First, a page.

EconCore, which makes cores and sandwich material, says that it is making strong progress in development of new all-thermoplastics continuous honeycomb cores. This follows the installation of a laboratory-scale extrusion and forming line at the company’s R&D facilities in Leuven, Belgium.
The line includes a 50 mm extruder, built by machine specialist MEAF from Yerseke, the Netherlands, and equipped with a 500 mm sheet die built by flat-die specialist EMO Extrusion Molding from Micheldorf, Austria.
EconCore honeycomb structures are produced from a single continuous thermoplastic sheet using the company’s ThermHex technology. This involves a sequence of thermoforming, folding and bonding operations. Cell size, density and thickness of the honeycombs can be altered with hardware and/or process parameter adjustments. The process allows for inline bonding of solid skins to one or both sides of the honeycomb, to create a finished composite panel.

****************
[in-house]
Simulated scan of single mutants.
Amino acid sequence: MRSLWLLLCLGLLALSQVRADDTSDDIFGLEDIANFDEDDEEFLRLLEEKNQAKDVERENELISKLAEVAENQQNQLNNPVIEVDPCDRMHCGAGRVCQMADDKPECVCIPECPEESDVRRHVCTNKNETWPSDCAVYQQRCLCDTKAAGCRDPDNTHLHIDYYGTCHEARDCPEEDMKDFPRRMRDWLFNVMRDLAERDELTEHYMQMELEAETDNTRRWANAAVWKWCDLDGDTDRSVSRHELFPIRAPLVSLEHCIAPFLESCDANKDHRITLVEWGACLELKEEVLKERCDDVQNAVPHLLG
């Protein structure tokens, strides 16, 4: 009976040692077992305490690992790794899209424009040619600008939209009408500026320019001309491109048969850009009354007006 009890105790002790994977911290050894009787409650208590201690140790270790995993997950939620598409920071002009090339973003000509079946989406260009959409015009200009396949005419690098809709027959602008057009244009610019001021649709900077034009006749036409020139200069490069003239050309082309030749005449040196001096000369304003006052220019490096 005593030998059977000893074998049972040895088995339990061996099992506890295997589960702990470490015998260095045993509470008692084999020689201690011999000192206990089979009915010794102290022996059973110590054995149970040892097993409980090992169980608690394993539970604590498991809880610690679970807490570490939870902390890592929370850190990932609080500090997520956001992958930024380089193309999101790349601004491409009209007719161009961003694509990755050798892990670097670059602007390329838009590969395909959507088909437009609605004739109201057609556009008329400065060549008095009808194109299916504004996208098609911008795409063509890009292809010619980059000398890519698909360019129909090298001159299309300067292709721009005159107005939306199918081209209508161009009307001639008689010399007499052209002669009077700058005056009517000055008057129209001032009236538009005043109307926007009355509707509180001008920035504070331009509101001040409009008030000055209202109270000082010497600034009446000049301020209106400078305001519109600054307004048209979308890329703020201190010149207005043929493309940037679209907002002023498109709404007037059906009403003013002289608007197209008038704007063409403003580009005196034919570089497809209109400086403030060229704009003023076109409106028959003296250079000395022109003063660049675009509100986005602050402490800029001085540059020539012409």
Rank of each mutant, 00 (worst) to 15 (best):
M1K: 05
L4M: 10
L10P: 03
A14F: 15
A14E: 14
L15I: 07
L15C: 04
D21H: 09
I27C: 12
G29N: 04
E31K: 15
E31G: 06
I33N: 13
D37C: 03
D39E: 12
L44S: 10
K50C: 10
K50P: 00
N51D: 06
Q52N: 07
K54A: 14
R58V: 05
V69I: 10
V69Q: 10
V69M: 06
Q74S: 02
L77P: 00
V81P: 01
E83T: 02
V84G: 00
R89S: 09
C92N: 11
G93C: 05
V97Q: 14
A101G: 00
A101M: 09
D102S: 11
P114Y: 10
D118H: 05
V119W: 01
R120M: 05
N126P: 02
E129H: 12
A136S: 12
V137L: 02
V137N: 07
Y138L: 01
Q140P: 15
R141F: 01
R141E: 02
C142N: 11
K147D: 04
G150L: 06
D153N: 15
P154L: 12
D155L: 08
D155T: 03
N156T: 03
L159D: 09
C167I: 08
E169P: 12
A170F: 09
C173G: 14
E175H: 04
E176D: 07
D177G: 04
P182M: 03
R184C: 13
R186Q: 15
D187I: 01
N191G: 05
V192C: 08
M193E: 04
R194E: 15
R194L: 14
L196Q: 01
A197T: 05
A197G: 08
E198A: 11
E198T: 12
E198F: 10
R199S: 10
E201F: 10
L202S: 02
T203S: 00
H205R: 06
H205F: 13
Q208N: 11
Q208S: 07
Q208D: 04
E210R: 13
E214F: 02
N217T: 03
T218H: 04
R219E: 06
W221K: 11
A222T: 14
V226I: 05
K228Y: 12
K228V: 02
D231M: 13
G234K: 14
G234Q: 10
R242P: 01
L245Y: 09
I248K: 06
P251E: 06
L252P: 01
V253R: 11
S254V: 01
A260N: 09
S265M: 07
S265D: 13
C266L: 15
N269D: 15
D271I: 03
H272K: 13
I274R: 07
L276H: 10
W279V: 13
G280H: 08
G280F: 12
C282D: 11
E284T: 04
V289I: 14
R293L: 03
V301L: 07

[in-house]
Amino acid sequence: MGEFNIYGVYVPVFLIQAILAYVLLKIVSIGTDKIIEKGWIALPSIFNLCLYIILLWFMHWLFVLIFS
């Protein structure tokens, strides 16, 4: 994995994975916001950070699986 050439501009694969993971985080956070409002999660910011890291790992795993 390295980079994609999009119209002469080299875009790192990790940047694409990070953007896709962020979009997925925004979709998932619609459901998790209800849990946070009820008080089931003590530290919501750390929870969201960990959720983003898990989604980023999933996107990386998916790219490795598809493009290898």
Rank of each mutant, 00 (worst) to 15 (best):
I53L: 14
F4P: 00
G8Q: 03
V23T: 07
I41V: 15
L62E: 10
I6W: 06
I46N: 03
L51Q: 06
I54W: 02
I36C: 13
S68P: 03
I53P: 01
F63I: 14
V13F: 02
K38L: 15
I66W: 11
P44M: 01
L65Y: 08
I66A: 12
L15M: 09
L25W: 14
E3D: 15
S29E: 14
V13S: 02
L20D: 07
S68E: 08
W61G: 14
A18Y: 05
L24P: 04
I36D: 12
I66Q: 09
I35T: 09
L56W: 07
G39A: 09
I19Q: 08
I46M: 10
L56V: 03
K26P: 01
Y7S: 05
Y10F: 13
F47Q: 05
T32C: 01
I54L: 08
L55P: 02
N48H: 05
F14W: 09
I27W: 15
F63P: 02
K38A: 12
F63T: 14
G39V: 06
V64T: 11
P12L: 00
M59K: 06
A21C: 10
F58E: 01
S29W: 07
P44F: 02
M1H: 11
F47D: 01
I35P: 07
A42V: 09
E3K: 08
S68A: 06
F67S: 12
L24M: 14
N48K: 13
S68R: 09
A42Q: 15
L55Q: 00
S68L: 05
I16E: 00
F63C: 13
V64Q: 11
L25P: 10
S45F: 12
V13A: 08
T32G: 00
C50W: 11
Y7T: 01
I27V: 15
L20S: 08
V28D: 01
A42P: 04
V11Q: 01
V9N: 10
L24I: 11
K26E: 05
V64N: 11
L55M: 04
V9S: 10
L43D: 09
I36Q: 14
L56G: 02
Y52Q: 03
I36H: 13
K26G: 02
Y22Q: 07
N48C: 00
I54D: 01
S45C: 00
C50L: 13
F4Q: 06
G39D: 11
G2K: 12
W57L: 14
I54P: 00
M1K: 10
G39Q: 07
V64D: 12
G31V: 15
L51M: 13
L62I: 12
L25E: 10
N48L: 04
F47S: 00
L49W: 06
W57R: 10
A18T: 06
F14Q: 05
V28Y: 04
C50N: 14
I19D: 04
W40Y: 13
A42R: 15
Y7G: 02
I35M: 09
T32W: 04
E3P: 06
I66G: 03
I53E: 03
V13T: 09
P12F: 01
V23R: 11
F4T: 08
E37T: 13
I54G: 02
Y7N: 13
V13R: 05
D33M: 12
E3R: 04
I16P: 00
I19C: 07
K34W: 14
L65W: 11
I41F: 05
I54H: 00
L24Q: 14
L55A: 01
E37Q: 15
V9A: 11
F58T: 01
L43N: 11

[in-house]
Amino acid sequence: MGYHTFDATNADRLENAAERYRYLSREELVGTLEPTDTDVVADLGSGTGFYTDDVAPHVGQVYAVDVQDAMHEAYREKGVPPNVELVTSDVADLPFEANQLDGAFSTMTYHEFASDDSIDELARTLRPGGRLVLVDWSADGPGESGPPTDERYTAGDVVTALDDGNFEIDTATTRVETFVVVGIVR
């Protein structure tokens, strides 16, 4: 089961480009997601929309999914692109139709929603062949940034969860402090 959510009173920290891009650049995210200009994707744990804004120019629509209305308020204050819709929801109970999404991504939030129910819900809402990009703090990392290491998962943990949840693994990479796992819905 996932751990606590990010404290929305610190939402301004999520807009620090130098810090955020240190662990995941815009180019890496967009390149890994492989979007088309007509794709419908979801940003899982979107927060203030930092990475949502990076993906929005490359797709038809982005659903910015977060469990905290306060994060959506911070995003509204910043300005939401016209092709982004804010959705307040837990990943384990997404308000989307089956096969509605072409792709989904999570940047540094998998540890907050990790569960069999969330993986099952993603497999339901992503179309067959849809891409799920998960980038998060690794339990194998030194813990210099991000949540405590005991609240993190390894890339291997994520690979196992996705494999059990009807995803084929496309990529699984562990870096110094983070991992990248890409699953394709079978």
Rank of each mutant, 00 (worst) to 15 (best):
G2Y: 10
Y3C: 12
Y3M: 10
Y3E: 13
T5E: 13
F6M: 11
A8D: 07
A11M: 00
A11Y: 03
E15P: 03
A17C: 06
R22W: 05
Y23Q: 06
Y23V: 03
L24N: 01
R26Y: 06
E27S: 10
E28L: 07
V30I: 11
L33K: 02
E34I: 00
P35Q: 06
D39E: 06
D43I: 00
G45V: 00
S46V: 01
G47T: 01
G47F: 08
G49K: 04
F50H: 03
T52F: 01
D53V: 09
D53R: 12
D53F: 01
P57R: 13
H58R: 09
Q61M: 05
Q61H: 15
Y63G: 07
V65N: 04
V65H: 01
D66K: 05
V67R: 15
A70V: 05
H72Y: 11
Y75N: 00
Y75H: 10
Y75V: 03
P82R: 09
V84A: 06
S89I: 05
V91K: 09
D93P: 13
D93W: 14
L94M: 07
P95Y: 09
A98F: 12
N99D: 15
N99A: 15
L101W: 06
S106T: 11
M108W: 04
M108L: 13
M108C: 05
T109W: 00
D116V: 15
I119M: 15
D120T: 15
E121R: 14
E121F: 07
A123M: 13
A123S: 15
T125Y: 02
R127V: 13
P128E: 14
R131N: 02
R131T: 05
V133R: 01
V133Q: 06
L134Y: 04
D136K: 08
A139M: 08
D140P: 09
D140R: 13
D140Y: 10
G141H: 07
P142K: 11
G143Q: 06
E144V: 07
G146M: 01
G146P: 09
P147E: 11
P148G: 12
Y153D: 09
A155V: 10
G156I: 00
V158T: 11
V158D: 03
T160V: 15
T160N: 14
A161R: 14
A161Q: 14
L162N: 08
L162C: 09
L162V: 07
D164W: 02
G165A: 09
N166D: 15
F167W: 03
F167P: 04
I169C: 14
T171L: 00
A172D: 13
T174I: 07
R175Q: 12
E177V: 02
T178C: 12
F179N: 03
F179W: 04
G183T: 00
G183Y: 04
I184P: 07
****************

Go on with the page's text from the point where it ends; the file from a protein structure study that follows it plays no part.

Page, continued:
Before installing the new extruder, EconCore was carrying out its honeycomb developments using sheet unwound from a roll. ‘Now that we can produce our own sheet in-line, we have more flexibility in our operations and it is obviously much easier to make changes to the material formulations,’ said Wouter Winant, the company’s technical manager.
The extruder can process polyolefins, bioplastics and thermoplastics such as polycarbonates, polyamides, and polyphenylene sulphide. ‘This is a non-typical set-up, but it is very important for our development work,’ added Winant. ‘EconCore already has licensees around the world producing continuous honeycombs and honeycomb-cored laminates in polyolefins – predominantly polypropylene – and we intend to continue refining the process technology for these materials. The new line is partly intended for this purpose.‘At the same time though, we are extending the potential of ThermHex technology by enabling it to be used with thermoplastics with superior mechanical and thermal performance.’
This story uses material fromEconCore, with editorial changes made by Materials Today. The views expressed in this article do not necessarily represent those of Elsevier.